Hover your finger and you can preview a video clip or image from the photo gallery, glance at browser tab thumbnails, find your place on a video timeline, and check out an e-mail. You'll also be able to magnify calendar events and get a closer look in speed dial. As I mentioned above, Flipboard has built a customized app to work with Air View that lets you hover over a tile to see which articles lie beneath. In addition to hovering with a fingertip, you can wave or wipe your whole hand in front of the screen and sensor near the Samsung logo to navigate around.
For example, enable this gesture and you can agitate your palm to pick up the phone or switch songs in a playlist. Steadily sliding your hand back and forth can advance photos in a gallery, or browser tabs. You can also scroll up and down in a list. The feature was a little jerky and jumpy when I tried it, but it did work. As with eye-tracking, you'll have to wait a half-second to see results.
Samsung Galaxy S4
Luckily, air gestures are sensitive up to 3 or 4 inches off the top of the phone, so you have a little latitude Samsung really envisioned using these gestures in specific scenarios, mostly when your hands are already full with something else. For instance, you'll probably never wave your hand over the phone to answer it unless you're in a car, but when you do, it'll automatically pick up in speakerphone mode. If you have Bluetooth pairing, it'll kick into the car's Bluetooth if you answer that way.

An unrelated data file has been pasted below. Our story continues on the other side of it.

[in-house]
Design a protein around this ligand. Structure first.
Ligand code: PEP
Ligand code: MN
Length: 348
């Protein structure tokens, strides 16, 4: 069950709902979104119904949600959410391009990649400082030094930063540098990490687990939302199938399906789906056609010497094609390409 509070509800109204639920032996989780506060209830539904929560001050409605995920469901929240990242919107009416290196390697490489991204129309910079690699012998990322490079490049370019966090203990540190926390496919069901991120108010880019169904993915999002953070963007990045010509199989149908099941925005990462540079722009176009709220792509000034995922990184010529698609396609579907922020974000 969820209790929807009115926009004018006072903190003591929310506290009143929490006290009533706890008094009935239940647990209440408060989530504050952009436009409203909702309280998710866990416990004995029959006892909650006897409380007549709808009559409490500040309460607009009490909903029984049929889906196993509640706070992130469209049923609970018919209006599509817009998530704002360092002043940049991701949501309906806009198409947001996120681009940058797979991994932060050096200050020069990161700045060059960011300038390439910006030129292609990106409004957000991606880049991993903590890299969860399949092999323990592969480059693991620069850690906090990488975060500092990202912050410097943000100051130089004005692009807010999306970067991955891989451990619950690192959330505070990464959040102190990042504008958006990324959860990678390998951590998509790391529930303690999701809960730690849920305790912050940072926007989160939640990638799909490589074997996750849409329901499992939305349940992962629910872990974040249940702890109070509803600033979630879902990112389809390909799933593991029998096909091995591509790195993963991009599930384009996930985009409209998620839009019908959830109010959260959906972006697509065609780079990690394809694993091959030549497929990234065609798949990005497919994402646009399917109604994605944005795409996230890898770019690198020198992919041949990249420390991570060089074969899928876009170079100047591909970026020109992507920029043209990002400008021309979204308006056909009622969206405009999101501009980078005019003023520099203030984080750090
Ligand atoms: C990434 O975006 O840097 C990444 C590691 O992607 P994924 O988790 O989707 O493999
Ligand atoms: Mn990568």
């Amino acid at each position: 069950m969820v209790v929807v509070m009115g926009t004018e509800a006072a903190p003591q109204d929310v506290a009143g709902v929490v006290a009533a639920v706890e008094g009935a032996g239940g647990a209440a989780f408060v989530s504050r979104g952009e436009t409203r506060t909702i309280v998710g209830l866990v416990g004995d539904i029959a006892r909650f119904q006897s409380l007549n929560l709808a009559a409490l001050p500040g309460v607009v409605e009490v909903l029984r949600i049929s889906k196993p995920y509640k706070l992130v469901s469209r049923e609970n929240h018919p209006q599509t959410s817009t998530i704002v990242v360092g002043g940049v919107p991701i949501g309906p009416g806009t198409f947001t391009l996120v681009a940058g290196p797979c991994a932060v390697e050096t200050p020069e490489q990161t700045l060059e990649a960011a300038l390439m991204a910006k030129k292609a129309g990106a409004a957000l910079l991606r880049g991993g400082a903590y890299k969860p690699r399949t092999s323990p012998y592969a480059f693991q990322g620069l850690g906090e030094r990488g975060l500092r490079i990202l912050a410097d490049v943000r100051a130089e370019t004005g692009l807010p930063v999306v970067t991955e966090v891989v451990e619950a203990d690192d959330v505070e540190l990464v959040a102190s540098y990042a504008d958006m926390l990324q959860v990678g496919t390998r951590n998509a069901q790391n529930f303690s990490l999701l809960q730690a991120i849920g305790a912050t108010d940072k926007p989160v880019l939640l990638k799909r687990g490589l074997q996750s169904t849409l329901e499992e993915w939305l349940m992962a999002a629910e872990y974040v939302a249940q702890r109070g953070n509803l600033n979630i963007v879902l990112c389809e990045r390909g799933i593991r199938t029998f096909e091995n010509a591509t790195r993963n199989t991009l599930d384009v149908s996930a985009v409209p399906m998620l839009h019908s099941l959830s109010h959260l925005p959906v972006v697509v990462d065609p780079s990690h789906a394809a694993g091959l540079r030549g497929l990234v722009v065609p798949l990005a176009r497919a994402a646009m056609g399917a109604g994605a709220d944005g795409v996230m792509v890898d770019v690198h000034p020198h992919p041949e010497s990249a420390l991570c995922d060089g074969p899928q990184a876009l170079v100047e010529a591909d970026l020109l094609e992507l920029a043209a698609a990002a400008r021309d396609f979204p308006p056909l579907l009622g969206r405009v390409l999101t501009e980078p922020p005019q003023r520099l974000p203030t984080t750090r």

Likewise, passing your hand over the sensor to advance music titles works best when your phone is docked on your desk. To use it, fire up the Watch On app -- which, also like the HTC One's app, is powered by Peel behind the scenes -- and go through the reasonable setup process. Once you're good to go, you'll be able to pull up remotes for your TV and DVR, plus a universal remote.
There's a Netflix tie-in as well, but I was also able to use my usual Netflix setup through the TV's extra tools. I found Watch On easy to use, and within a few minutes I was flipping through live TV listings, playing shows through Netflix, and setting up new DVR recordings using my phone. If there's one area of the controller that could use some work, it's the visual cue that you can scroll down the remote's interface for even more button options.